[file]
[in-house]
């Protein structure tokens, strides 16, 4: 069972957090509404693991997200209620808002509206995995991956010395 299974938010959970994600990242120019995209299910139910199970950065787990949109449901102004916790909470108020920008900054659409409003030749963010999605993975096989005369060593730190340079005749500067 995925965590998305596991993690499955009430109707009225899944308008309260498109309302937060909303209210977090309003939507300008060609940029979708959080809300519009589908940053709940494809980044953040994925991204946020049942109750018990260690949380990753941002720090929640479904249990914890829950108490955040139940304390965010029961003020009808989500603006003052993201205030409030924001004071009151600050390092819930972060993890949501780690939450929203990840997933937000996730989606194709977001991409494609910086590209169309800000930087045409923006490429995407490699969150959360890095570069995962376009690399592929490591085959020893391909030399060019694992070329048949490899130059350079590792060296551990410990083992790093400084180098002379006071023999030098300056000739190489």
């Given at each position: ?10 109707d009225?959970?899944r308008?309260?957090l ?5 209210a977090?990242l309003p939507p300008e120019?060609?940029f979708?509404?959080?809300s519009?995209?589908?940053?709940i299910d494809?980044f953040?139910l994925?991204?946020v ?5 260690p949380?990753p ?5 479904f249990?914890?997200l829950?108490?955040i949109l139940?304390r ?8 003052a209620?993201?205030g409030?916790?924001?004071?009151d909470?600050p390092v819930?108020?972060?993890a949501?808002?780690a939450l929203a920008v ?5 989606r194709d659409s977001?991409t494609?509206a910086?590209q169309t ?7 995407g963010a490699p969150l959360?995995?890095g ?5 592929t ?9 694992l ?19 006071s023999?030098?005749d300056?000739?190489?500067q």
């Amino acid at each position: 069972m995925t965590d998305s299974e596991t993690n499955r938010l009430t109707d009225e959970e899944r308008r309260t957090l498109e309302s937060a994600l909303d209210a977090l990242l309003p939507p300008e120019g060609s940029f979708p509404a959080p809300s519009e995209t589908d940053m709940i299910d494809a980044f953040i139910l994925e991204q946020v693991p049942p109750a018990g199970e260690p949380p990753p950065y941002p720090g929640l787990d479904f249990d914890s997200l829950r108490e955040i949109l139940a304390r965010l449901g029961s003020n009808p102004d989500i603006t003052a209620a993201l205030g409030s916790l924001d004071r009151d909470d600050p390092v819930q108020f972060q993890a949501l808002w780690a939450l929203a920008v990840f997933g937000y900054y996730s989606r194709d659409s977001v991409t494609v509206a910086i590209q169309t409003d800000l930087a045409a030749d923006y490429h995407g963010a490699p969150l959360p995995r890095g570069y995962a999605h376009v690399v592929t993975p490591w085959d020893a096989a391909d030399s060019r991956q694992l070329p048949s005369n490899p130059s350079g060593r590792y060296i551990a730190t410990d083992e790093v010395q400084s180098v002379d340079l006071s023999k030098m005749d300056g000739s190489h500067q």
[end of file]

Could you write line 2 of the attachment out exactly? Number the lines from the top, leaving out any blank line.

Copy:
């Protein structure tokens, strides 16, 4: 069972957090509404693991997200209620808002509206995995991956010395 299974938010959970994600990242120019995209299910139910199970950065787990949109449901102004916790909470108020920008900054659409409003030749963010999605993975096989005369060593730190340079005749500067 995925965590998305596991993690499955009430109707009225899944308008309260498109309302937060909303209210977090309003939507300008060609940029979708959080809300519009589908940053709940494809980044953040994925991204946020049942109750018990260690949380990753941002720090929640479904249990914890829950108490955040139940304390965010029961003020009808989500603006003052993201205030409030924001004071009151600050390092819930972060993890949501780690939450929203990840997933937000996730989606194709977001991409494609910086590209169309800000930087045409923006490429995407490699969150959360890095570069995962376009690399592929490591085959020893391909030399060019694992070329048949490899130059350079590792060296551990410990083992790093400084180098002379006071023999030098300056000739190489």